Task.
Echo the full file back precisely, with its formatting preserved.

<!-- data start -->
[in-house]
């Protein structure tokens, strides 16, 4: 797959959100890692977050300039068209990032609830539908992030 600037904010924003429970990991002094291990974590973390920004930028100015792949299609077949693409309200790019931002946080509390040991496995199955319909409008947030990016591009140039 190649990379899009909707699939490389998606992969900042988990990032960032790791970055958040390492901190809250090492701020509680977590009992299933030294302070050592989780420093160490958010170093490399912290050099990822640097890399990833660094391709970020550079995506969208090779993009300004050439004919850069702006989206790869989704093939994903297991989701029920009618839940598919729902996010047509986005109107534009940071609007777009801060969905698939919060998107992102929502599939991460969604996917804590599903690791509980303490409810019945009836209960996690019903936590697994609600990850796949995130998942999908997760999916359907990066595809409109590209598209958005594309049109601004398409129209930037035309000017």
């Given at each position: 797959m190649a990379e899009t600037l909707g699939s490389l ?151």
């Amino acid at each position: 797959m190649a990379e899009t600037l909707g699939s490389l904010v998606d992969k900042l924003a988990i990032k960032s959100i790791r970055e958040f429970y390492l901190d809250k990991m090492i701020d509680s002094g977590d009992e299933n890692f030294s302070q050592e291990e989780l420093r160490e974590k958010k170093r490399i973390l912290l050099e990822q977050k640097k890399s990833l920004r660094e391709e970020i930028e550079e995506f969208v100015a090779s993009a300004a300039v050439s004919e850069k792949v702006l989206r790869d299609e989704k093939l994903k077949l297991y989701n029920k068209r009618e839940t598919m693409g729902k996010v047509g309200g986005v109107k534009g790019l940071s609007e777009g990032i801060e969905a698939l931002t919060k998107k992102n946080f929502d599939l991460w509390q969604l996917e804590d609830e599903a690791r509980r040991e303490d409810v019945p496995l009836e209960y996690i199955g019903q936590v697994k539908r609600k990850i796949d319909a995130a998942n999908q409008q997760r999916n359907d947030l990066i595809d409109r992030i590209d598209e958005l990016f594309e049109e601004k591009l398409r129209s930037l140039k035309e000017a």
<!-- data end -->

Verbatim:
[in-house]
């Protein structure tokens, strides 16, 4: 797959959100890692977050300039068209990032609830539908992030 600037904010924003429970990991002094291990974590973390920004930028100015792949299609077949693409309200790019931002946080509390040991496995199955319909409008947030990016591009140039 190649990379899009909707699939490389998606992969900042988990990032960032790791970055958040390492901190809250090492701020509680977590009992299933030294302070050592989780420093160490958010170093490399912290050099990822640097890399990833660094391709970020550079995506969208090779993009300004050439004919850069702006989206790869989704093939994903297991989701029920009618839940598919729902996010047509986005109107534009940071609007777009801060969905698939919060998107992102929502599939991460969604996917804590599903690791509980303490409810019945009836209960996690019903936590697994609600990850796949995130998942999908997760999916359907990066595809409109590209598209958005594309049109601004398409129209930037035309000017």
């Given at each position: 797959m190649a990379e899009t600037l909707g699939s490389l ?151």
């Amino acid at each position: 797959m190649a990379e899009t600037l909707g699939s490389l904010v998606d992969k900042l924003a988990i990032k960032s959100i790791r970055e958040f429970y390492l901190d809250k990991m090492i701020d509680s002094g977590d009992e299933n890692f030294s302070q050592e291990e989780l420093r160490e974590k958010k170093r490399i973390l912290l050099e990822q977050k640097k890399s990833l920004r660094e391709e970020i930028e550079e995506f969208v100015a090779s993009a300004a300039v050439s004919e850069k792949v702006l989206r790869d299609e989704k093939l994903k077949l297991y989701n029920k068209r009618e839940t598919m693409g729902k996010v047509g309200g986005v109107k534009g790019l940071s609007e777009g990032i801060e969905a698939l931002t919060k998107k992102n946080f929502d599939l991460w509390q969604l996917e804590d609830e599903a690791r509980r040991e303490d409810v019945p496995l009836e209960y996690i199955g019903q936590v697994k539908r609600k990850i796949d319909a995130a998942n999908q409008q997760r999916n359907d947030l990066i595809d409109r992030i590209d598209e958005l990016f594309e049109e601004k591009l398409r129209s930037l140039k035309e000017a």